Cuneiform tablet and ball of wool

Working Group 3 – Textile and Clothing Terminologies


Objectives: to explore specialized language and garment terms in European languages, and Semitic loan words; to trace and map textile and garment loanwords between the languages within Europe; to determine how textile terminologies influence other fields of knowledge, such as the natural sciences and expressions for the body; to explore how clothing is used as metaphor and literary device in European literature.

Themes: Europe is rich in languages. Through textile and clothing terminology, we perceive contacts, innovations, trade routes and economic structures. Terminology arises and develops in unison with technical innovations, discoveries, fashions, and trade patterns. When new textile techniques or new clothing items come from a foreign place, languages have different strategies for naming them: 1.Adaptation of the foreign name as a loan word, e.g. kimono, pyjamas, or the term cotton from Arabic qtn through Spanish to English, of a 2nd millennium BCE Semitic root ktn (Linear B ki-to, Akkadian kunatum); 2. Formations based on the description of the item, such as German Baumwolle, meaning ‘wool from trees’, or the Greek cloak chlamys shaped as a clam shell; 3.Formations based on the description of how to wear it: English overcoat, underwear; 4.Formations based on the description of the tools used to make it. In South American Spanish is a word for weaving, tejer, and with the introduction of knitting, this new technology was termed ‘weaving with sticks’, tejer a palitos. 5. Formations based on the toponymical reference to the place of production, purchase, or trade: Norwich cloth, muslin (< Mosul), damask (<Damascus).

Lead seals for textiles

In the specialised terminological fields of textiles, and especially in clothing terminology, we observe a substantial use of loanwords, which testify to trade, fashion, and innovations. We also observe how textile and garment terms are used in philosophy, literature and science as metaphors or as concrete images of larger concepts such as identity, destiny, coherence and unity, complexity.

Major questions are: Q1: How can we understand toponyms in textile terminology? Q2: How far can loan words in textile terminology inform us about the economic and technical contexts? Q3: How does a textile or clothing term (i.e. text) refer and relate to the object (textile)?


Working Group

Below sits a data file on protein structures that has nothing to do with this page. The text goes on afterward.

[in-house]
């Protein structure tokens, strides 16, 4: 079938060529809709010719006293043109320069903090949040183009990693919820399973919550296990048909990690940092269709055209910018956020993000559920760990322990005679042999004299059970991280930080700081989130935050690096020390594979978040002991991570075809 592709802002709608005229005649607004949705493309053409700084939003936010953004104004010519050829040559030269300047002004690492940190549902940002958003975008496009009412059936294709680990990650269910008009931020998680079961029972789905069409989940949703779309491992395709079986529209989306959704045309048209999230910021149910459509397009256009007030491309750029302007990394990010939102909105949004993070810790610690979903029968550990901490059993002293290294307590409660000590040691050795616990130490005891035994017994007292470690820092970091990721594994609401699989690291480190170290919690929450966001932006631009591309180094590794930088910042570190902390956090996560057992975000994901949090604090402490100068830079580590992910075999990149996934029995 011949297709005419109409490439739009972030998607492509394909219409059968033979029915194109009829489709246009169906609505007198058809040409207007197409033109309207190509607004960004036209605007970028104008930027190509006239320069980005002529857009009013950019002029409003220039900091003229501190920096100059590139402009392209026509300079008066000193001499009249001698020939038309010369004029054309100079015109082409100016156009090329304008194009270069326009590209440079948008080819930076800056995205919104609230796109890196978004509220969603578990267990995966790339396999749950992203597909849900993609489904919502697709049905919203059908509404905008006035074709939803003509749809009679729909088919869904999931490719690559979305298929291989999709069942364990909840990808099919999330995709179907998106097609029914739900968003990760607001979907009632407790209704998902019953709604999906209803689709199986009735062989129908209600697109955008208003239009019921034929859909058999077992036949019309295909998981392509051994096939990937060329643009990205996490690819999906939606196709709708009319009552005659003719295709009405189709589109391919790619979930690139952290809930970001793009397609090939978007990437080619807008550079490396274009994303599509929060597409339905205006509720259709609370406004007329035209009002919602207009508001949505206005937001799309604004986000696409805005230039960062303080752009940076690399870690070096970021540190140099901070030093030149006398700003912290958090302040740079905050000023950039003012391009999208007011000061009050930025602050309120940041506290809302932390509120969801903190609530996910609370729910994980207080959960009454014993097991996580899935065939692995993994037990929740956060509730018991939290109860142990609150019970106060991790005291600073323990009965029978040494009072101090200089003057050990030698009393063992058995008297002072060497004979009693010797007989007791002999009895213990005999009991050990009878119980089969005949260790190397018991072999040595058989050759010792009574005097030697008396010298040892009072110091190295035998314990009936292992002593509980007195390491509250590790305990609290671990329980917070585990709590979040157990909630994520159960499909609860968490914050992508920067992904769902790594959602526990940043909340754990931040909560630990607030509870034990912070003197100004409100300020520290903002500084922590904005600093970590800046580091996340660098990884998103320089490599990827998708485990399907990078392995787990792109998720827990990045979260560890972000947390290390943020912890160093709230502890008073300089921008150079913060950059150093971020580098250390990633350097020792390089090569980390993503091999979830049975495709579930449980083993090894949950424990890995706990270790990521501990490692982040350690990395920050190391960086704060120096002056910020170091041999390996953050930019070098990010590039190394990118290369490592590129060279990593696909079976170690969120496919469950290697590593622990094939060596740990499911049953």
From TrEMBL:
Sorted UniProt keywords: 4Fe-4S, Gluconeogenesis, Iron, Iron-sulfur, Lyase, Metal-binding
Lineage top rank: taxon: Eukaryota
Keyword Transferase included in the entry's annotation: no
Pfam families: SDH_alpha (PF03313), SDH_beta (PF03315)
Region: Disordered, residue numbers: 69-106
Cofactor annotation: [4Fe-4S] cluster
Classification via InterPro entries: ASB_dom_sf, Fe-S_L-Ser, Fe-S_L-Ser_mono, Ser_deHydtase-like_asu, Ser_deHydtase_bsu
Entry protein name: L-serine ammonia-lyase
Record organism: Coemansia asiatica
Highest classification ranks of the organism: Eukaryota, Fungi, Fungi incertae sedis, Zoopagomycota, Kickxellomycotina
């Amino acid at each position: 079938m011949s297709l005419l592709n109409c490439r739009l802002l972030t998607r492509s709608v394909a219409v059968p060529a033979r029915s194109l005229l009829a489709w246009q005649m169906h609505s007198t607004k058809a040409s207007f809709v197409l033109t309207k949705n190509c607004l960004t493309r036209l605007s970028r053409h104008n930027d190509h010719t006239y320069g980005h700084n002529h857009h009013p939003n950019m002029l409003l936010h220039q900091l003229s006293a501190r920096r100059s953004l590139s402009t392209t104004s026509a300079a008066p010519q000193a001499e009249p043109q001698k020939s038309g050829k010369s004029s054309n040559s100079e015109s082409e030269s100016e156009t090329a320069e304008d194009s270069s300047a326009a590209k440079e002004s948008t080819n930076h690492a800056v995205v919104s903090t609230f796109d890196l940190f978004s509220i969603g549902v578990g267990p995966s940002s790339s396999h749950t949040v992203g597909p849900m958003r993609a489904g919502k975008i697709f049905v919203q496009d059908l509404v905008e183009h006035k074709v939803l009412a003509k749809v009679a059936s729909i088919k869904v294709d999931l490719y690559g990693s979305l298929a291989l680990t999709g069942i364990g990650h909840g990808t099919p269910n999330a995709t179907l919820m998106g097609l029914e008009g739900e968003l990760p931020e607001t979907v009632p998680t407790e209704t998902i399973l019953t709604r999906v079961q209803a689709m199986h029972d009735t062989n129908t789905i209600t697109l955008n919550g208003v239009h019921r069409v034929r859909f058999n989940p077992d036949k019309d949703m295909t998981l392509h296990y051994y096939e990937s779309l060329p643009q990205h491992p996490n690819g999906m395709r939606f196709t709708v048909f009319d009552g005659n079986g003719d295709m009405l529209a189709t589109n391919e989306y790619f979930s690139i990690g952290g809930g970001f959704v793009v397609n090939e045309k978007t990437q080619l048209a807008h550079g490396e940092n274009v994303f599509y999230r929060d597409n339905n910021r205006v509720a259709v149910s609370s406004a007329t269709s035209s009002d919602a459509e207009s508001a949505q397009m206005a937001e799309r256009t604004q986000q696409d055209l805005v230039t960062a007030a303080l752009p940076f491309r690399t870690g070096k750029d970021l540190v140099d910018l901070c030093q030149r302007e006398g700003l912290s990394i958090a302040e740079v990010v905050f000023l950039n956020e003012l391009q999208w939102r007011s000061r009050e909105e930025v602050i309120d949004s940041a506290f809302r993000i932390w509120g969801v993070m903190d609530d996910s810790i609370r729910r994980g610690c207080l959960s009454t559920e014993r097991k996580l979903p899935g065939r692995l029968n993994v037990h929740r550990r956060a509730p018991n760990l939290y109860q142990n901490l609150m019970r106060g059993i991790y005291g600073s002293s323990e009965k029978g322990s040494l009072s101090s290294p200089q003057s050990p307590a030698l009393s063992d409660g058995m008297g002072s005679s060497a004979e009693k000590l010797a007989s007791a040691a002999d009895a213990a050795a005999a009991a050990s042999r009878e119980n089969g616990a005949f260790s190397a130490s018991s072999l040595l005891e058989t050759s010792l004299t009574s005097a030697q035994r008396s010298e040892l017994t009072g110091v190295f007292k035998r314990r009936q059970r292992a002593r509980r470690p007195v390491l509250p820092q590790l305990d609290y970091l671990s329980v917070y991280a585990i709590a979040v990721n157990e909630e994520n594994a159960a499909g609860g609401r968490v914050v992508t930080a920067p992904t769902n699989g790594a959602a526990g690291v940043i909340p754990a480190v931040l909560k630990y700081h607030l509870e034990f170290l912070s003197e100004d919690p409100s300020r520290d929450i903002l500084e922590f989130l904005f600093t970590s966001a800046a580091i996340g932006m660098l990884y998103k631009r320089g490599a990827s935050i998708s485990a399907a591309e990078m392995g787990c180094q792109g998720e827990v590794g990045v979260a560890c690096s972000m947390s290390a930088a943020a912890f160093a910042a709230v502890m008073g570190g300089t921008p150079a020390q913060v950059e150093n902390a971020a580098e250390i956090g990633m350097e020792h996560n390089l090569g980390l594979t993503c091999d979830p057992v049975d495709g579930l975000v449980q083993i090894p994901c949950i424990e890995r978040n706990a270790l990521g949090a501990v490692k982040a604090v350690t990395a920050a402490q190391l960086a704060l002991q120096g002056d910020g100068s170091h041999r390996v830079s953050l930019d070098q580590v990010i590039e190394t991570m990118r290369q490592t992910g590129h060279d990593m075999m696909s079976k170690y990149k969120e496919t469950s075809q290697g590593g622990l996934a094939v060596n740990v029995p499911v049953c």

Louise Quillien

Working Group
Susanne Lervad

Working Group
Joana Sequeira

Country Name Affiliation
CH Corinne Mühlemann Bern University
DE Juliane Müller Independent Researcher
DE Kerstin Dross-Krupe University of Kassel
DK Susanne Lervad University of Copenhagen, Centre for Textile Research (CTR)
DK Maria Mossakowska-Gaubert University of Copenhagen, Centre for Textile Research (CTR)
DK Marie-Louise Nosch University of Copenhagen, Centre for Textile Research (CTR)
EL Dimitra Andrianou National Hellenic Research Foundation
EL Tina Boloti Academy of Athens
EL Stella Spantidaki Hellenic Centre for Research and Conservation of Archaeological Textiles (ARTEX), University of the Aegean
ES Dolores Serrano-Niza University of La Laguna
ES Elena Miramontes Seijas Autonomous University of Madrid
FR Louise Quillien CNRS
FR Cécile Michel CNRS
FR Astrid Castres Ecole Pratique des Hautes Etudes
FR/RU Yulia Alyunina Université Lumière Lyon 2
HU Rebeka Nagy Museum of Applied Arts of Budapest
HU Réka Semsey Museum of Applied Arts of Budapest
HU Anikó Moór Museum of Applied Arts of Budapest
IS Meghan Korten University of Iceland
LT Eglė Kumpikaite & Daiva Milašiene Kaunas University of Technology
MT Claire Bonavia Heritage Malta – Agency for Cultural Heritage
NO Hana Lukesova The University Museum of Bergen
PT Joana Sequeira Lab2PT/INT2PAST, University of Minho
PT Catarina Costeira Municipality of Sintra, UNIARQ – University of Lisbon
PT Paula Nabais LAQV – Requimte, NOVA University of Lisbon
PT Vanessa Otero NOVA University of Lisbon
PT Luís Mendonça de Carvalho NOVA University of Lisbon
RO Irina Petroviciu National Museum of Romanian History, Center of Research and Scientific Investigation
SE/NO Peder Flemstad Lund University, Swedish Institute at Athens